Night was falling. Dark as it was becoming outside, even darker it was inside Sootwork's ramshackle home, filled with papers and journals stacked up to the ceiling, wrinkled from rain which would occasionally fall through the roof and then dry. He sat motionless and alone, neither dead nor sleeping, but simply as if having turned off.
He was 'awakened' (or re-activated?) by a faint series of noises. Was it time for another visit from the post officer? Poor Sootwork must be forgiven for wondering such a thing so soon, for in his current state, he had little sense of the passage of time.
But there was no daylight peeking in through the derelict walls and ceiling. So it must be night-time, he reasoned correctly. But then what was that noise? There was never any visitor but the post officer, and he always arrived on Wednesdays with good weather for sitting outside.
A frightening thought escaped from the small spirit:
"Could that be the noise of many little footsteps? Did his young children follow him one day and track me down? What shall I say to the little ones that will not only disappoint them? How shall I receive in person their sentiments, when even words on paper leave me at a loss?"
The faint noise grew louder, and finally Sootwork realized, through the creaking and turning of his rusty memory, that this was not remotely the sound of children frolicking on a lawn. Rather, it was something else entirely: the rustling of paper.
From inside his home!
It was the most recent stack of letters, in fact... shifting, shaking, straining... bursting with a fierce blast of air! Letters and envelopes both new and old flew about. Stacks of journals toppled over. The shack itself, already in sorry condition, fell entirely to pieces in a racket of worn-out wood colliding together and splitting apart. Sootwork's home and possessions were now one big pile of scraps.
Some dogs barked in the dark distance (possible just at each other). Some windows of the nearest houses lit up from wax-candles or oil-lamps. But at this time of night, in such a secluded and neglected spot where a number of back-yard property lines intersected and overlapped in a most unclear manner, no-one set foot outside to investigate.
In the light of the full moon, the poor spirit observed some person freeing himself from the wreckage. The fellow appeared to be an old man, wearing a cloak. Indeed, Old Cloaky's plan had proven to be a resounding success!
"You are not the easiest ...or quickest... fellow to find!" he declared. "Tell me: what day is to-day? Or, rather, to-night? What month? How about the year, at least!"
"I've no idea," Sootwork muttered.
"Well, what's one decade or another after an entire eon?" Old Cloaky smiled. "A drop in the bucket, that's what! And do forgive me for this little accident with your cabin, as well. Looked like it was a nice... er, well, my apologies, regardless. All in the line of duty, after all."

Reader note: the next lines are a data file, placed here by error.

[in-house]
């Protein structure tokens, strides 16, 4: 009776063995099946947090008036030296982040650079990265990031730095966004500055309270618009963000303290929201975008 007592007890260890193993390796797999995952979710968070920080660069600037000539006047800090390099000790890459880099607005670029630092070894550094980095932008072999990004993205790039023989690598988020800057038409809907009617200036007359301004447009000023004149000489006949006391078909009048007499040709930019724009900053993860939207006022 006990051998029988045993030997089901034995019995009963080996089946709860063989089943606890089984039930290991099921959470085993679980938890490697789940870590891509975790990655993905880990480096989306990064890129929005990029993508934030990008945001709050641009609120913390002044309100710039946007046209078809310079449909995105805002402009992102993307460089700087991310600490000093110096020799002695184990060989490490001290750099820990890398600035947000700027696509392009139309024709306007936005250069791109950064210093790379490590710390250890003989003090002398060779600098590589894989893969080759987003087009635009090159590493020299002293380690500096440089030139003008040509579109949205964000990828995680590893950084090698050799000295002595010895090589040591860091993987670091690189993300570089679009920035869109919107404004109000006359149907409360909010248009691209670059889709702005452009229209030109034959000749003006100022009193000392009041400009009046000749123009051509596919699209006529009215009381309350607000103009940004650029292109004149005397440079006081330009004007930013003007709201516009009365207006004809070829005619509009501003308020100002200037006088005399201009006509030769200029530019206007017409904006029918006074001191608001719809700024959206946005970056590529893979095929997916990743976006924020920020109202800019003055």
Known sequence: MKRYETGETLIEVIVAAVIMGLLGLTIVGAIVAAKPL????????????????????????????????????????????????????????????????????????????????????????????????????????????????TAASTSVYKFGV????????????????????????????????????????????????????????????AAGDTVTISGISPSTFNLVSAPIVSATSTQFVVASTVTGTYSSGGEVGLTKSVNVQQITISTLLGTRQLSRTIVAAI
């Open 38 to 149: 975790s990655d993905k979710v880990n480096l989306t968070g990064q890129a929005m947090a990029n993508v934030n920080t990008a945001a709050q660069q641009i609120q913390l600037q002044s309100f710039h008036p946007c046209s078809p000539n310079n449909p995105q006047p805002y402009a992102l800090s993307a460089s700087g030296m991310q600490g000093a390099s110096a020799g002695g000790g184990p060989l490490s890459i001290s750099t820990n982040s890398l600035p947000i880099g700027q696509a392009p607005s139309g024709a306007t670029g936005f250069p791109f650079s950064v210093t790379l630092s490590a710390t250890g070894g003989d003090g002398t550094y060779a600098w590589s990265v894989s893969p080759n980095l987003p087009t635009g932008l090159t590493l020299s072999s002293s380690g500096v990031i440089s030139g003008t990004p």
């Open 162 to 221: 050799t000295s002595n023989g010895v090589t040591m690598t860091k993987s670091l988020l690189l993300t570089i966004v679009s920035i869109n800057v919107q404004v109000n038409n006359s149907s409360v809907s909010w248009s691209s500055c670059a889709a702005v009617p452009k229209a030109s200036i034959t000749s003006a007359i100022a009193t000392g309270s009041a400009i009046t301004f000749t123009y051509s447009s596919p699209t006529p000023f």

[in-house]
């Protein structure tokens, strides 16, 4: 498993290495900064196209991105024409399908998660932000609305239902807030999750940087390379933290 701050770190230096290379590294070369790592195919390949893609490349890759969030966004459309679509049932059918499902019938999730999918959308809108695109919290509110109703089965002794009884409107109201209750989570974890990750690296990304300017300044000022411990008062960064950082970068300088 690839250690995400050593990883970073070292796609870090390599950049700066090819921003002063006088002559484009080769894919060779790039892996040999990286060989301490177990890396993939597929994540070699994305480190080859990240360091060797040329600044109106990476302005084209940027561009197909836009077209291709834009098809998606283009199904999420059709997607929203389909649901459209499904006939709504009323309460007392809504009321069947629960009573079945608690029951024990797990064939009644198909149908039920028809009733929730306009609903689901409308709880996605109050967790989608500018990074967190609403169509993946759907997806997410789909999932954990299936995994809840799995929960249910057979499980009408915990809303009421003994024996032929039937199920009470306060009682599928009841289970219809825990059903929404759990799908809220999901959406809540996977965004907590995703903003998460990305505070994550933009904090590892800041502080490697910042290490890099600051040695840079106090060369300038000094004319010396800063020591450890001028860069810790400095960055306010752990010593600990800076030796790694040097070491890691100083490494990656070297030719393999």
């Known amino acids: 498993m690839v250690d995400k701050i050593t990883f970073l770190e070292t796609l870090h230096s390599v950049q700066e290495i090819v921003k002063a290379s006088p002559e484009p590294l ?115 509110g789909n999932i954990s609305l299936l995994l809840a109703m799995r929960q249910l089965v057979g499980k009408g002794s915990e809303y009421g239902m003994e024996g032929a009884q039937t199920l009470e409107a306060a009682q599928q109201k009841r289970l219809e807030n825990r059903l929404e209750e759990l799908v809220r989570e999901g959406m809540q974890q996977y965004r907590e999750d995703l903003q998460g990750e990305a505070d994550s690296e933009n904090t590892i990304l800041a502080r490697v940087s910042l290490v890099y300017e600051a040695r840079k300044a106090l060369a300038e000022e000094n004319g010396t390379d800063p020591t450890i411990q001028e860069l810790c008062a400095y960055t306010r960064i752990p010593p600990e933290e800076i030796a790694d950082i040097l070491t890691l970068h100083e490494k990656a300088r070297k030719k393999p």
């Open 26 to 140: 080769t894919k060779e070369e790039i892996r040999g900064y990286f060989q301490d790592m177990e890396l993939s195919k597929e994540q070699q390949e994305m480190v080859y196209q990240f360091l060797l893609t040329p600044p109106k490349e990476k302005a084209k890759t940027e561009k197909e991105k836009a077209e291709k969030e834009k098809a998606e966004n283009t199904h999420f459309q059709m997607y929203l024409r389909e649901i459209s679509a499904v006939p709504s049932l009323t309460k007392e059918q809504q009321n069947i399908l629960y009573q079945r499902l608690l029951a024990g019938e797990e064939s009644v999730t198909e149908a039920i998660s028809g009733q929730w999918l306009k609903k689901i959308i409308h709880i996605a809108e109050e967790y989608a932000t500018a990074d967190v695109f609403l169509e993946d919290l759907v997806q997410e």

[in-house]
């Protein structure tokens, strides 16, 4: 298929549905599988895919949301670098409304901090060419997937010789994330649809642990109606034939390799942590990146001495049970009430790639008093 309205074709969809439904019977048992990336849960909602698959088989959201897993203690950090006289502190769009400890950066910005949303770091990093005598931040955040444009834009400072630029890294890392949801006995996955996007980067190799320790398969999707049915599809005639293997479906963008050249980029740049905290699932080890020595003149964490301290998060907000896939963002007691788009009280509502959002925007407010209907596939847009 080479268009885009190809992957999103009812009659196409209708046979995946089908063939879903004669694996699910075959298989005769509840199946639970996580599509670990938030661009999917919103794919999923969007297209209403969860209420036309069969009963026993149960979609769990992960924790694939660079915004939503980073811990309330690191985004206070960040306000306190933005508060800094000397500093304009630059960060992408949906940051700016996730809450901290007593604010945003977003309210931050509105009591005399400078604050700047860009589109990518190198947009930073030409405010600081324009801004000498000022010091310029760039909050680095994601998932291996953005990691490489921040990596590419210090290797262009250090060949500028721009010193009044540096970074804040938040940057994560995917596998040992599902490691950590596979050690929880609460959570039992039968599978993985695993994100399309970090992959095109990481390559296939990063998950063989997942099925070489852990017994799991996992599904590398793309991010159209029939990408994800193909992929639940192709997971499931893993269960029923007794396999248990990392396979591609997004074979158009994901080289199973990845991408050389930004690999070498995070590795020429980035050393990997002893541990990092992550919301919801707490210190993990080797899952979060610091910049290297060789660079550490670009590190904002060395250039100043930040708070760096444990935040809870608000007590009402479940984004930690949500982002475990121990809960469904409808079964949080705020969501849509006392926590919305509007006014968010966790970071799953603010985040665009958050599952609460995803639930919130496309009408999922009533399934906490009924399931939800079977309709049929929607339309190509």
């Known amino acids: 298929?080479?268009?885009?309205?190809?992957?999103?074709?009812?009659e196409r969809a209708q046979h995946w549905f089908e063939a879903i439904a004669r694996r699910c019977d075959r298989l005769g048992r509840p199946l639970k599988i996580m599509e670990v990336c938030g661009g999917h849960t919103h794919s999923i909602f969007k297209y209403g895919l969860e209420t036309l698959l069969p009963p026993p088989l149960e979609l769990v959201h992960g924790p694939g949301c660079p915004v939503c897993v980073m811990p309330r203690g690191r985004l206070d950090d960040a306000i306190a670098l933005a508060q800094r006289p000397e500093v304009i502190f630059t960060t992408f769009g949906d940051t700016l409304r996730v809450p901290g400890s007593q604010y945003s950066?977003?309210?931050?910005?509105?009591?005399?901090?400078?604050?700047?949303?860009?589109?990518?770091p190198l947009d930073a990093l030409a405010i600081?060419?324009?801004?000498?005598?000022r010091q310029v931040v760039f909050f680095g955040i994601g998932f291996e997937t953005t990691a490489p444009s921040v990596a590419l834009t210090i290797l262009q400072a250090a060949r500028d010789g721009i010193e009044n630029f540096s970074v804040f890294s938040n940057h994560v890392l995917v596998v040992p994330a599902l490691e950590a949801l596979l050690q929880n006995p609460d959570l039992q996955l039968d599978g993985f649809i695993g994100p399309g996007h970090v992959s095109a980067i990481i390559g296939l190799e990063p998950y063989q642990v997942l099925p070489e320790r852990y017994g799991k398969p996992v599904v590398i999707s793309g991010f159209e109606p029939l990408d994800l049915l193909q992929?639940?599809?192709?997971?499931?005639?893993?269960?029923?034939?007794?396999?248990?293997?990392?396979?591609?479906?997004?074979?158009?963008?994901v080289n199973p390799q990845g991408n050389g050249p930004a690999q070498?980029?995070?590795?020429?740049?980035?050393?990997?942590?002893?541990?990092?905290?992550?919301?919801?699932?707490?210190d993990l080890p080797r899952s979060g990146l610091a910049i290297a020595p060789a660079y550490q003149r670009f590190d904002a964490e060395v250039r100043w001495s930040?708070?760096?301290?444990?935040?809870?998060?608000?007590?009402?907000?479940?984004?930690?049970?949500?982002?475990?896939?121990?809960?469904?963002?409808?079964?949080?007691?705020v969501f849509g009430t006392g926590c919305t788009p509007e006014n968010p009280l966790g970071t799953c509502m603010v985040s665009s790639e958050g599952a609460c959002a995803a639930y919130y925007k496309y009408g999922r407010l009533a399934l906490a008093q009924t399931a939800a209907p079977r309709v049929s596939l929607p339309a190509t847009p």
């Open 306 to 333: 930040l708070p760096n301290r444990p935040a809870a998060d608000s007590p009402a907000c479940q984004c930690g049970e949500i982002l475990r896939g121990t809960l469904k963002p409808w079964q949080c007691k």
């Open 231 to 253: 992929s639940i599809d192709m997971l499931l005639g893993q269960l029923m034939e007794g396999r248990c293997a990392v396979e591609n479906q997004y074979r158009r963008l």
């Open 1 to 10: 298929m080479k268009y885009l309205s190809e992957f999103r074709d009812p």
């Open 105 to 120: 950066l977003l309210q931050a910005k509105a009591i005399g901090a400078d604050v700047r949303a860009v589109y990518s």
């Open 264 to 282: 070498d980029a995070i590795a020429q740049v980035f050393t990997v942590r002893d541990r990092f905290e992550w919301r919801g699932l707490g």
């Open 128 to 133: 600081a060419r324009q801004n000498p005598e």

Poor Sootwork could only stare in silence.
"Speaking of which," the old spirit continued, "you'll be pleased to learn that the time has come at last: yes, your Paragraph is up! Has been for quite a while already, to be honest."
"What do you mean, sir," Sootwork asked, "by my 'paragraph'?"
Old Cloaky burst into a laugh: "If you know a better word for 'several Sentences strung together,' I'd like to hear it!"
"Oh, those!" the small spirit exclaimed, looking around at the disorganized letters and envelopes. "You might have an odd way of saying it, but yes, I do have a great many sentences on hand. I just seem to recall them being better organized than they are, at this moment."
"And each one of them was well-deserved, you rascal!" Old Cloaky remarked.
Sootwork picked up some of the old letters, perusing them wistfully.
"They are simply charming, aren't they? Honestly, I can't pick a favorite sentence or paragraph."
Old Cloaky fell silent for a minute as he watched the small spirit become engrossed with the great many children's letters, picking up handfuls and carefully stacking them.
"I'm starting to think..." Old Cloaky muttered, "that you and I might not be on the same page."
"Are we not?" Sootwork asked in all honesty.
The old spirit demanded:
"Tell me: what are you!?"
"I don't much care to read them," Sootwork mused, "but my journals mention that I used to work on fireplaces and flues, or something to that effect. To be honest, my old writings expend many words on details, but very few on spelling out the actual topic at hand. So I much prefer the children's letters. Little ones seem to think that I'm a great whatever-I-am. I do want to believe them."
Increasingly worried, the old spirit next demanded:
"And what am I!?"
This question required more time than the last, before the small spirit answered:
"Oh! Forgive me for not realizing, sooner, but it must have been many a year since our last visit. You are my old friend, the post officer! Retirement has deeply affected you, I see. If only your grandchildren could see where you are now...!"
It was just as Old Cloaky suspected: poor Sootwork was entirely in the dark.